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What changes about life in Italy in August 2022

The long days of summer are usually quiet, as parliament breaks for the summer and everyone heads for the beach. But this August is not an ordinary one in Italy.

What changes about life in Italy in August 2022

August is the month when most people in Italy flee the sizzling heat of the cities to seek relief at the beach.

This year’s traditional holiday month, however, will also feature an unprecedented summer electoral campaign following the recent collapse of the government.

READ ALSO: The 7 signs that August has arrived in Italy

Here’s what to look out for in Italy this August.

Fuel prices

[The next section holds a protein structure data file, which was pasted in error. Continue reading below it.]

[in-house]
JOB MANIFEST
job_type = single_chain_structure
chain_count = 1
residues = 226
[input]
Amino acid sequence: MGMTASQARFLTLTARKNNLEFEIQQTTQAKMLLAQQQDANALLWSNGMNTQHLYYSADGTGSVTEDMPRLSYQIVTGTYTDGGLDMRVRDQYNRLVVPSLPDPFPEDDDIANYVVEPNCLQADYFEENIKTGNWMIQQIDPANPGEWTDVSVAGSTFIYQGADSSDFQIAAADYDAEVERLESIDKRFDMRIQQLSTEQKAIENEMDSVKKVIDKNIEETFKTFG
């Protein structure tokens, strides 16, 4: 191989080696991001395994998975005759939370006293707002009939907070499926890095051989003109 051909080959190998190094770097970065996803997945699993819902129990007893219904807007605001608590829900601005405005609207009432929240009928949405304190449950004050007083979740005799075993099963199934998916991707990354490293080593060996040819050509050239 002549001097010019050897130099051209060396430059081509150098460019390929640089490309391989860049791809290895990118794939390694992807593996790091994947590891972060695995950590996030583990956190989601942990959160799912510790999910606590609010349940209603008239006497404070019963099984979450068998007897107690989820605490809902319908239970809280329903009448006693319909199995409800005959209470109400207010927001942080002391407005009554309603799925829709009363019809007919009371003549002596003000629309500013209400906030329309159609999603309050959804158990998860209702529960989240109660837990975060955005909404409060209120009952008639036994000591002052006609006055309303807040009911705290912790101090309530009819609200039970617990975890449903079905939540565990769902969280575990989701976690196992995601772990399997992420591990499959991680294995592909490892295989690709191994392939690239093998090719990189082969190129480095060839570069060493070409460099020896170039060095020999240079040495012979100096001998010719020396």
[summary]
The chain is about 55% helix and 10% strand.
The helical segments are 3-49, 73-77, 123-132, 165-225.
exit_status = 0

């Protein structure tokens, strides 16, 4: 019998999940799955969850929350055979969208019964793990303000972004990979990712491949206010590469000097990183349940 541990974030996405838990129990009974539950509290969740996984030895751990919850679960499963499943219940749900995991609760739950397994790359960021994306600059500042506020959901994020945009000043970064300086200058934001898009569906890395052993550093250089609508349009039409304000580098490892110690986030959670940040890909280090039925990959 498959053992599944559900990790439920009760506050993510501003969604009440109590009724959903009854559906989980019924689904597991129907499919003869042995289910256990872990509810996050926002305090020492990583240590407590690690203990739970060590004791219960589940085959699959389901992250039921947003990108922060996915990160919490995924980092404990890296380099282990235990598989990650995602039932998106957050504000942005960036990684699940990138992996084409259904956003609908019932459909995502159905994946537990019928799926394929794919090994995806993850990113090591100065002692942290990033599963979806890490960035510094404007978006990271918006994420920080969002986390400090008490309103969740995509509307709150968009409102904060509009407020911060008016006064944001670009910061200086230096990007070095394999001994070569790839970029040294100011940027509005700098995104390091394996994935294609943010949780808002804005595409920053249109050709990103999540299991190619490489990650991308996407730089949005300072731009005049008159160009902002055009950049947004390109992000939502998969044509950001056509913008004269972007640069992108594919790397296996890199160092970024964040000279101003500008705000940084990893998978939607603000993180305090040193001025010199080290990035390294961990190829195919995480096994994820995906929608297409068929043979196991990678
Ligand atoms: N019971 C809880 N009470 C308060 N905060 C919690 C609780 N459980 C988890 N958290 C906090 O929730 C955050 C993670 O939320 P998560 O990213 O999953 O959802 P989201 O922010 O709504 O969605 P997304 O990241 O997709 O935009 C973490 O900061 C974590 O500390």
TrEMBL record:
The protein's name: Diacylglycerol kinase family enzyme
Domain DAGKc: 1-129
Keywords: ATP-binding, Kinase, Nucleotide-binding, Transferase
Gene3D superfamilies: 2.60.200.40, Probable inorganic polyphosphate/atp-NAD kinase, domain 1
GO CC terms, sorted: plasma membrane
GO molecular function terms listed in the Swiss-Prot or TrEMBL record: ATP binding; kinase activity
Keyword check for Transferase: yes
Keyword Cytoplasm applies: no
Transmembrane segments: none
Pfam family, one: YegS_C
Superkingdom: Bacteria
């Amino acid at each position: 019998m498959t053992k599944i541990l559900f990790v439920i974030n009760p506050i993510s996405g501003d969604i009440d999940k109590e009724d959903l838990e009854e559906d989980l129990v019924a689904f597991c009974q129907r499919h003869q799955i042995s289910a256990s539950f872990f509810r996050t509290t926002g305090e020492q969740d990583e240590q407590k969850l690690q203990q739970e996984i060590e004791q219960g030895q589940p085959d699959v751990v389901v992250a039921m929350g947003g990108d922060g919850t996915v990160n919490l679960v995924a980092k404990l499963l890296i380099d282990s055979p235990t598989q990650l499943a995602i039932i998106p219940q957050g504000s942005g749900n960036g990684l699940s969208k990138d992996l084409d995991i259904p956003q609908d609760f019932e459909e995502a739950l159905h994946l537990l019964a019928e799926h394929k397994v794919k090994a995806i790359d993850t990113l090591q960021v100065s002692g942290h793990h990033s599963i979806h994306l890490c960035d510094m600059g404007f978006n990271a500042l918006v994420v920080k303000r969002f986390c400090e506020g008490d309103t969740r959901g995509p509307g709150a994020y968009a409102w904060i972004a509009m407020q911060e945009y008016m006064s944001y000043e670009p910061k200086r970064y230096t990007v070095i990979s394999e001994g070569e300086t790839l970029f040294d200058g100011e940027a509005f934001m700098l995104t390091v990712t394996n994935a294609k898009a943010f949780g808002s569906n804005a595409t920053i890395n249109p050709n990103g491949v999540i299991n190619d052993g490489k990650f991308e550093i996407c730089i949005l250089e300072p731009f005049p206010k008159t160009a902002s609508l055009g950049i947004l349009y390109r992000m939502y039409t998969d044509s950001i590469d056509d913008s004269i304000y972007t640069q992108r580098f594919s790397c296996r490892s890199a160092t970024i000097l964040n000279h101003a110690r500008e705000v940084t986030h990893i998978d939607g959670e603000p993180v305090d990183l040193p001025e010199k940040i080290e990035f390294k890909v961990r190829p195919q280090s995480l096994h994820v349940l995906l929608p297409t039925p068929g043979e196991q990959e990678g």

To help motorists and businesses with the rising cost of living, the government in July confirmed an extension to the fuel tax cut until August 21st.

The tax relief, which means savings of 30 cents per litre of petrol or diesel, has been extended several times since it was introduced in March.

The measure is expected to be extended again until September.

Summer election campaign

Italy’s parliamentary summer break officially runs throughout August until early September, but it’s all but cancelled this year as the country is heading for snap elections after Mario Draghi’s government collapsed at the end of July.

The date set for the election is September 25th, meaning holidays are cancelled as parties will be campaigning hard over the summer. Negotiations are already well underway as to which coalitions might form and who will lead them.

READ ALSO: Why has Italy’s government collapsed in the middle of summer?

August 26th – 30 days before the election – is the first date parties can put up campaign posters, but you can expect to be targeted with radio jingles and TV ads from the start of the month.

Until then the current government remains in office in a caretaker capacity.